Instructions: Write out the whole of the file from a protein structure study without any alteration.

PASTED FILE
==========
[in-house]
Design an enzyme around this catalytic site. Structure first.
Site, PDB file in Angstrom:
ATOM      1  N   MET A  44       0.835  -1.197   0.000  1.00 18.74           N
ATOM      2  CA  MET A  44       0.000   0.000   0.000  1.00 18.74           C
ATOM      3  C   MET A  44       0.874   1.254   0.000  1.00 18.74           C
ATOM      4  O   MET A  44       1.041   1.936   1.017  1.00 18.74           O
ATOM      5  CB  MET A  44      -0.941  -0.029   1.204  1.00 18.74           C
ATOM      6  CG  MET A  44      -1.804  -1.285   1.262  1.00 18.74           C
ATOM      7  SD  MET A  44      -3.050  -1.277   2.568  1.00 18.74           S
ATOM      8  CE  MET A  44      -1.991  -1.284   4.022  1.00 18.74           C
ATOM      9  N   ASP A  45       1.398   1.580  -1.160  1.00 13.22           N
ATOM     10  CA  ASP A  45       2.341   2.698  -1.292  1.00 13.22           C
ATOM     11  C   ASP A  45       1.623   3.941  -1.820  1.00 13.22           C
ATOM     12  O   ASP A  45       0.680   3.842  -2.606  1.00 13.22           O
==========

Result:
[in-house]
Design an enzyme around this catalytic site. Structure first.
Site, PDB file in Angstrom:
ATOM      1  N   MET A  44       0.835  -1.197   0.000  1.00 18.74           N
ATOM      2  CA  MET A  44       0.000   0.000   0.000  1.00 18.74           C
ATOM      3  C   MET A  44       0.874   1.254   0.000  1.00 18.74           C
ATOM      4  O   MET A  44       1.041   1.936   1.017  1.00 18.74           O
ATOM      5  CB  MET A  44      -0.941  -0.029   1.204  1.00 18.74           C
ATOM      6  CG  MET A  44      -1.804  -1.285   1.262  1.00 18.74           C
ATOM      7  SD  MET A  44      -3.050  -1.277   2.568  1.00 18.74           S
ATOM      8  CE  MET A  44      -1.991  -1.284   4.022  1.00 18.74           C
ATOM      9  N   ASP A  45       1.398   1.580  -1.160  1.00 13.22           N
ATOM     10  CA  ASP A  45       2.341   2.698  -1.292  1.00 13.22           C
ATOM     11  C   ASP A  45       1.623   3.941  -1.820  1.00 13.22           C
ATOM     12  O   ASP A  45       0.680   3.842  -2.606  1.00 13.22           O